While researchers test for evidence of intelligence in animals, and scientists testify in front of USDA panels about why battery cages are cruel, I’ve been doing some of my own “field research”— in my own backyard, that is.
I have no medical or scientific credentials to back up my findings, just an open mind and a willingness to learn new things about, and from, my backyard hens. Of course, I praise the scientific and legal experts who are paving the way to greater protection for sentient beings, yet the findings from my research require little more than common sense and perhaps a shred of compassion.
I only hope to share the unexpected bond I have with my hens with all who would otherwise find it quite peculiar that anyone would want to have chickens as pets. “Do they lay eggs?” is the inevitable first question I get. Implicit in the question is that it only makes sense to raise chickens for egg production. When I tell people that I don’t care about eggs and don’t eat them, either, I’ve really lost them at this point. I see their puzzled expression and return it with a reassuring smile, explaining that like other animals hens have their own intrinsic value that has nothing to do with what they can produce.
I used to peruse the backyard chicken forums but grew weary of stories from frustrated novices threatening to cull their birds unless they started producing eggs. Anecdotes and tales from chicken owners abound. Most portray hens as mean and unwilling to give up their eggs. Somehow animal mothers protecting their eggs from a perceived threat from human mothers who claim to know something about motherhood, makes these hens mean. What a paradox.
Owners of larger flocks are even more prone to tell you how chickens are meaner than you can imagine, and deserve their fate. Crammed into large, filthy coops where they have to fight for food, space and privacy, it’s not hard to imagine why this would give them a foul disposition! When you begin to realize that you exist simply as a commodity, this tends to change your disposition—for the worse.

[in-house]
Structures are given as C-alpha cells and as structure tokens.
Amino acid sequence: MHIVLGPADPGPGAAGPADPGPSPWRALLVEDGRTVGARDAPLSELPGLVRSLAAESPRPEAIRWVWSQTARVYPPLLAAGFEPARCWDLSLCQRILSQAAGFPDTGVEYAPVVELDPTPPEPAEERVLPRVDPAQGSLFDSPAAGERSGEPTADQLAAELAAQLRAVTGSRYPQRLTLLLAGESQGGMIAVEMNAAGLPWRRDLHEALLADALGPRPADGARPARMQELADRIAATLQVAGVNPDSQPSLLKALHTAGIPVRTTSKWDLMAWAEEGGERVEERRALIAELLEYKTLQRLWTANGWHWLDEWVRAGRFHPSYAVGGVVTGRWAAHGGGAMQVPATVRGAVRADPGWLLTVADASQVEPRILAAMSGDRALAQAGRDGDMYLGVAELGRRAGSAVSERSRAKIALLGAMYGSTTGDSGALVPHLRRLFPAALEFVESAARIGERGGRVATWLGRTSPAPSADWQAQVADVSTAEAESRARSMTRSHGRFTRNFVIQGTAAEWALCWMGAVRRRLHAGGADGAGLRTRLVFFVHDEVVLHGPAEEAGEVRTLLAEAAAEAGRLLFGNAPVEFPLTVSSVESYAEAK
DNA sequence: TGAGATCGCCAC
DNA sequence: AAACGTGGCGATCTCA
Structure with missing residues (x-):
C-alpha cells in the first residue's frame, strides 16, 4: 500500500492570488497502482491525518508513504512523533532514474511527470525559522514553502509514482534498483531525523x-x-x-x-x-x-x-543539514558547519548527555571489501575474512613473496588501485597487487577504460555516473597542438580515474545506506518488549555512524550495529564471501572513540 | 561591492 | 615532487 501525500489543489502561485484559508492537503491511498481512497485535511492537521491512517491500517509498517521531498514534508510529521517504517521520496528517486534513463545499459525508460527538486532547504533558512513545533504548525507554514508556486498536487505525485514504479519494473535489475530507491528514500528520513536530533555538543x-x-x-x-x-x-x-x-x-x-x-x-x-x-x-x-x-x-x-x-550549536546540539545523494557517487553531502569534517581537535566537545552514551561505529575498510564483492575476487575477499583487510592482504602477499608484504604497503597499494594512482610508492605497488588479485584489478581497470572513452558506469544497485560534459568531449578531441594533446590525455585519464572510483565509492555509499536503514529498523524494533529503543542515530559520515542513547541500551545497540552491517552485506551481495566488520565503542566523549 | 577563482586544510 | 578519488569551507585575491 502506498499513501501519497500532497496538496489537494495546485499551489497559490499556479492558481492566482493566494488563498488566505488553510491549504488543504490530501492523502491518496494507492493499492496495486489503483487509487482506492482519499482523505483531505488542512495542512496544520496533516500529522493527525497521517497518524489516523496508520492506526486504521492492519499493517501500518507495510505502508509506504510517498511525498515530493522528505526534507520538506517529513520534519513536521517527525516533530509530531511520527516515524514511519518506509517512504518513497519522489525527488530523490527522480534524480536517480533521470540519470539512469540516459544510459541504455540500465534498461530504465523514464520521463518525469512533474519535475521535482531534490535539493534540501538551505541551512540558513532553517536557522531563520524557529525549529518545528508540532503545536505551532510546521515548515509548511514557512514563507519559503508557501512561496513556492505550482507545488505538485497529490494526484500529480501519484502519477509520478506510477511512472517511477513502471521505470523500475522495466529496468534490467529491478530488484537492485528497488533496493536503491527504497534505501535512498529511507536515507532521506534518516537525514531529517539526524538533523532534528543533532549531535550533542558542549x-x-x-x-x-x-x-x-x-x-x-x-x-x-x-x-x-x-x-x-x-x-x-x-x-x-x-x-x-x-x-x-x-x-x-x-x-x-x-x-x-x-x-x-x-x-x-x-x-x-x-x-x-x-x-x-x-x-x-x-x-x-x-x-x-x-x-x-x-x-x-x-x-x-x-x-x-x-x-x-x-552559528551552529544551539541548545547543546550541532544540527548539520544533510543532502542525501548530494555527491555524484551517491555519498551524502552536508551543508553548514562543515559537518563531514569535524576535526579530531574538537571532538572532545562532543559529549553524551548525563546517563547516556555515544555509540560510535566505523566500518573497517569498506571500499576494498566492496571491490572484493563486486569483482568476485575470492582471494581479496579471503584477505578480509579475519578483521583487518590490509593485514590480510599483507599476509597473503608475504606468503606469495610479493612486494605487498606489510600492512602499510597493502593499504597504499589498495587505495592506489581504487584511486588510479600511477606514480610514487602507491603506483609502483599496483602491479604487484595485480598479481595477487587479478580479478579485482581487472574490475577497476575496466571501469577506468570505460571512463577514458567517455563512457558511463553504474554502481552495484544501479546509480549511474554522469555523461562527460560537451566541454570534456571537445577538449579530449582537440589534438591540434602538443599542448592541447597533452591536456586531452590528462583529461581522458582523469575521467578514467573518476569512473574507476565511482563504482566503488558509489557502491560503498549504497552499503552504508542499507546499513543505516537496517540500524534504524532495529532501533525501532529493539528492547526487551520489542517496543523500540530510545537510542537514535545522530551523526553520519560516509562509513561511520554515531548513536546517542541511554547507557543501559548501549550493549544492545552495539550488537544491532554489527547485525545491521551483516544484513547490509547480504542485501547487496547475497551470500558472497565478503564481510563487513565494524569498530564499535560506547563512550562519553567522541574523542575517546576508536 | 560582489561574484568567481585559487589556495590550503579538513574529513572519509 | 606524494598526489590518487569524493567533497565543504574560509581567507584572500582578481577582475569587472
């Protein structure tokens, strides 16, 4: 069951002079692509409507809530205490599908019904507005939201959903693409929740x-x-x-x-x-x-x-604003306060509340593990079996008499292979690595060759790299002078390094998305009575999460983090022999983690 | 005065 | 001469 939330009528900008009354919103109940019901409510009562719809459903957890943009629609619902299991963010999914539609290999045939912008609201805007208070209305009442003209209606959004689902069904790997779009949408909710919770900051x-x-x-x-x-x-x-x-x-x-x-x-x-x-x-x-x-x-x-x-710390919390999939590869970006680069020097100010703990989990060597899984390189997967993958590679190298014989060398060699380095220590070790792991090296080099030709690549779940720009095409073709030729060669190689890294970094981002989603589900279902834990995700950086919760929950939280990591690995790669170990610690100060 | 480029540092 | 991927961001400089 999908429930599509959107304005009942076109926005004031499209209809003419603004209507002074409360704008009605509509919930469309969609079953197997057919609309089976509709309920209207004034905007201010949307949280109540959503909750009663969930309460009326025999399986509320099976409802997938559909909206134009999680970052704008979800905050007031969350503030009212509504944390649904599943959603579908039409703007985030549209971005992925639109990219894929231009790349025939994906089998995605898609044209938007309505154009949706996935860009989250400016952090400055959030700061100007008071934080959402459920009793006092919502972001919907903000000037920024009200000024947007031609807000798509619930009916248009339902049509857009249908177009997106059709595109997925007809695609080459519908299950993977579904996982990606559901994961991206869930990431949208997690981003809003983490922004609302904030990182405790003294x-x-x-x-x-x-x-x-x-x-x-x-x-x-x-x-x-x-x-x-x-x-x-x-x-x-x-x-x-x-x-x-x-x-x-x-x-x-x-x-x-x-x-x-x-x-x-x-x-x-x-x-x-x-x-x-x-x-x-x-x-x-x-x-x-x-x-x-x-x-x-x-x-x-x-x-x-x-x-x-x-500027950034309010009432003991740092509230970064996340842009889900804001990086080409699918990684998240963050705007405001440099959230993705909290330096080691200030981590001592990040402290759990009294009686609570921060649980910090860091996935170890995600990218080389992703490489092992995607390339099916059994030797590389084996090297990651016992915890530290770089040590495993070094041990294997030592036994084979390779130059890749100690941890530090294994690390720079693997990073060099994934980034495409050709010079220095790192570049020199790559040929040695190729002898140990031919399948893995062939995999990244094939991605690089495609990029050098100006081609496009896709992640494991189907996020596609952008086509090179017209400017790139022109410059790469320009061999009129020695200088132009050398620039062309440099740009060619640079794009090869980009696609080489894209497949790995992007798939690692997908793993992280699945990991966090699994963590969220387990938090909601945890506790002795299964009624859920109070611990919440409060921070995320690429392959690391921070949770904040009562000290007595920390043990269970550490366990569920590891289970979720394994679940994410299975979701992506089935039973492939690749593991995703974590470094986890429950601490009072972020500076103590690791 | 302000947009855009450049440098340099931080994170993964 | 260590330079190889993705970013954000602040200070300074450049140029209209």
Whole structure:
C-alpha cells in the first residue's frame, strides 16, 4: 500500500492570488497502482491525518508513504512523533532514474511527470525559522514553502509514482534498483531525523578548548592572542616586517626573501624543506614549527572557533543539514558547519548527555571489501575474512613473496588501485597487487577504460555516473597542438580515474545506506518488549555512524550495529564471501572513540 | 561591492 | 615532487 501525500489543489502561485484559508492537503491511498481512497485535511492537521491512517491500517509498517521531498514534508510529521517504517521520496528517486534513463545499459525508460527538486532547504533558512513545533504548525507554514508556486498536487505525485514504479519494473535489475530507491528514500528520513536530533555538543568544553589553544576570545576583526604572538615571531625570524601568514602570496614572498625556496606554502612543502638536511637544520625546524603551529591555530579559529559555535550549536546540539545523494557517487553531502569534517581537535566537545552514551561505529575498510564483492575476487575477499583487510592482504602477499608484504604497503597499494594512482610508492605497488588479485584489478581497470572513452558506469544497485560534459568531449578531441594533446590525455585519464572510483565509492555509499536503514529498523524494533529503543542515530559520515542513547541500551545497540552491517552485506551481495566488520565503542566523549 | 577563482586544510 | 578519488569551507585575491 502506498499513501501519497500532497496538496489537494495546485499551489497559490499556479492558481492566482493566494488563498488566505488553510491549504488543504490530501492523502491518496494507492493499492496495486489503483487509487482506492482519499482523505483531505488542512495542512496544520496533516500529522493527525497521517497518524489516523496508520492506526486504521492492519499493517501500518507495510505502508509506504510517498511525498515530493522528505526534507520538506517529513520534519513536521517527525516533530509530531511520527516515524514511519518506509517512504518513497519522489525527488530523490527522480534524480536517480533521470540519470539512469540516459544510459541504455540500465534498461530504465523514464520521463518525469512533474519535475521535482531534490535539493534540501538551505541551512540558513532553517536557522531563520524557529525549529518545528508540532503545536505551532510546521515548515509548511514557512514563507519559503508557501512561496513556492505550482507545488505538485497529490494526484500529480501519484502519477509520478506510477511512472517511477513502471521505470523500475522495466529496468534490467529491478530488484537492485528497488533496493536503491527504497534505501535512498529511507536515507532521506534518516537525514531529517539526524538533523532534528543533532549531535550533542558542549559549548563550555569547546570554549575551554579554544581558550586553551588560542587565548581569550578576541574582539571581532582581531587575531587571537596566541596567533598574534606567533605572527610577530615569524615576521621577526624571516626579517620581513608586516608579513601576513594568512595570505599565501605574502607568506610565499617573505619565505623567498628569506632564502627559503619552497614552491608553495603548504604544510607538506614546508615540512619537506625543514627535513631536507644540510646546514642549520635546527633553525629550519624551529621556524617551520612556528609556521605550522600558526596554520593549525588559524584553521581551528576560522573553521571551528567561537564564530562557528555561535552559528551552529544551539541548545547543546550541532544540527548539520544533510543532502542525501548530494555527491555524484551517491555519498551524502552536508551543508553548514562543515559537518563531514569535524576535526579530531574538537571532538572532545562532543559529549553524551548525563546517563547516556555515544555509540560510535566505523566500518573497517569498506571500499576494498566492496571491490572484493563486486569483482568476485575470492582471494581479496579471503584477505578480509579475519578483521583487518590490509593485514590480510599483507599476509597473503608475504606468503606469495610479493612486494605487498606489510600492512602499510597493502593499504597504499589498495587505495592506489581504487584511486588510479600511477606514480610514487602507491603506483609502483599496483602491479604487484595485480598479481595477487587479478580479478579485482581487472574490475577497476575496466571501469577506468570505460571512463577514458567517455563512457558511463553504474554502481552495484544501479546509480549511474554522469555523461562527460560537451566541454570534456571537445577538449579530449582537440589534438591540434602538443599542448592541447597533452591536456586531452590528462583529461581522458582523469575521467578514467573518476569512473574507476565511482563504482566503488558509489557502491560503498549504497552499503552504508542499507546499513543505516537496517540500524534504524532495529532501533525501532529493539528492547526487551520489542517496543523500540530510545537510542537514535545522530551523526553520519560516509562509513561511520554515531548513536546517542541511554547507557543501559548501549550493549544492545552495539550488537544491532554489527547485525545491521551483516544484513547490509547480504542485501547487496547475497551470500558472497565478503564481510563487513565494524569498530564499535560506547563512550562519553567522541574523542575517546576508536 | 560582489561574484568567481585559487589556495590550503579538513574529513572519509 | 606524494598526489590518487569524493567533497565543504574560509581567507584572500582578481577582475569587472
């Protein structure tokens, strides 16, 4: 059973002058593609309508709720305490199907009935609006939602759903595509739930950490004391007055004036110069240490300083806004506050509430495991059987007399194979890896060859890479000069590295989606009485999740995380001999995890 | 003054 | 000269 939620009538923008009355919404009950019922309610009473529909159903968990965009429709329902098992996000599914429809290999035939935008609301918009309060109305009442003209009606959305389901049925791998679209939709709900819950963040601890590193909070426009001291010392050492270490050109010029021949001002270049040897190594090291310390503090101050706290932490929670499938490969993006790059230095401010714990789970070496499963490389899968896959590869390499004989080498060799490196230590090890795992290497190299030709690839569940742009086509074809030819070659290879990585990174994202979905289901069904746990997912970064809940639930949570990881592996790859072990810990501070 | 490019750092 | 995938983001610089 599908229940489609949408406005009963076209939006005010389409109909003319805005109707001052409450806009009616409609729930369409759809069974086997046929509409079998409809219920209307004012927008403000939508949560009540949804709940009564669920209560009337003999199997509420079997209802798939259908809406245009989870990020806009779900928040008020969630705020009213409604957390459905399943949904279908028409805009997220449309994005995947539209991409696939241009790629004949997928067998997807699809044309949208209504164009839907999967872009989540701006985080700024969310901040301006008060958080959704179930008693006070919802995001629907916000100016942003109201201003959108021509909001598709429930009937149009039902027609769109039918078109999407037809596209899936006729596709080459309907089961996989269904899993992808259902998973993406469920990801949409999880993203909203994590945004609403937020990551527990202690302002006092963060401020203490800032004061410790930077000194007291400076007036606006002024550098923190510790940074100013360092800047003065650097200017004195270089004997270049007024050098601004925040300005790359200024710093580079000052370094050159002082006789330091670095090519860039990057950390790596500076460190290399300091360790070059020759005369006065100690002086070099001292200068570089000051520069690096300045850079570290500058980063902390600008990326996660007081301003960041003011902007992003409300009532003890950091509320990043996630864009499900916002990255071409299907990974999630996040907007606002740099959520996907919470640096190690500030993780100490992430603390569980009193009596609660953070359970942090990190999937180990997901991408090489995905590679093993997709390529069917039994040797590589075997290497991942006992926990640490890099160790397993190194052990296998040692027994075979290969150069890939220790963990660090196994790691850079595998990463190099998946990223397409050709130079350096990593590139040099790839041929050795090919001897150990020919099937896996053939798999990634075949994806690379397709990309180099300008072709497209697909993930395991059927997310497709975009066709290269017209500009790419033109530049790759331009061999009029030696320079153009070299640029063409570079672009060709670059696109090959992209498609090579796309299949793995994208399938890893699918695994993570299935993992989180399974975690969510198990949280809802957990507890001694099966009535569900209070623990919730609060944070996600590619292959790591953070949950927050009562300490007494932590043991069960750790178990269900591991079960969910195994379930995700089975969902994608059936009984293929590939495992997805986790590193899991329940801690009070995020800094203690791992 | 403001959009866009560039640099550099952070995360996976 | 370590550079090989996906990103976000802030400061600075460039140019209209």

But I have only four hens. And they have plenty of room, food and attention. They are living out their lives as nature intended. So the only kind of experiences we share is companionship and a few good laughs each day. And I know how incensed this makes farmers who insist that they are simply property and nothing more. I call this the slave-holder mentality.
My response to this deep-seated belief is that some traditions, like bullfighting, are better left in the past. And if for a moment you remove the master-slave colored glasses to really see chickens’ lives as they are, you will discover a far deeper nature and an evolutionary intelligence that has been actively evolving since the age of the dinosaurs.
In fact, just like us, each bird has her own personality, and that’s what makes things interesting. Doris, the Rhode Island Red, likes to take naps in my lap (and, no, she never poops there, but respectfully holds it until a more opportune time arises). When spotting us, Sweet Pea, the sassy white Leghorn, becomes very jealous and comes running over to vie for attention. Today she jumped up into my lap and perched next to Doris, and the three of us whiled away the last rays of this late winter afternoon sun together.
The lesson from this experience is kind of a no-brainer. If you want hens who are affectionate and good-natured, then treat them in kind. If you mistreat them, you will raise their defenses and they will perceive you as a threat, rather than a caretaker. Just think of how you or your beloved cat or dog would react under such circumstances and you’re well on your way to understanding chickens also.
So the next time she pecks at your hand when you reach for her egg, ask yourself, what would you do in her shoes? And if the intention of that peck is to protect rather than harm, is that really a personality flaw?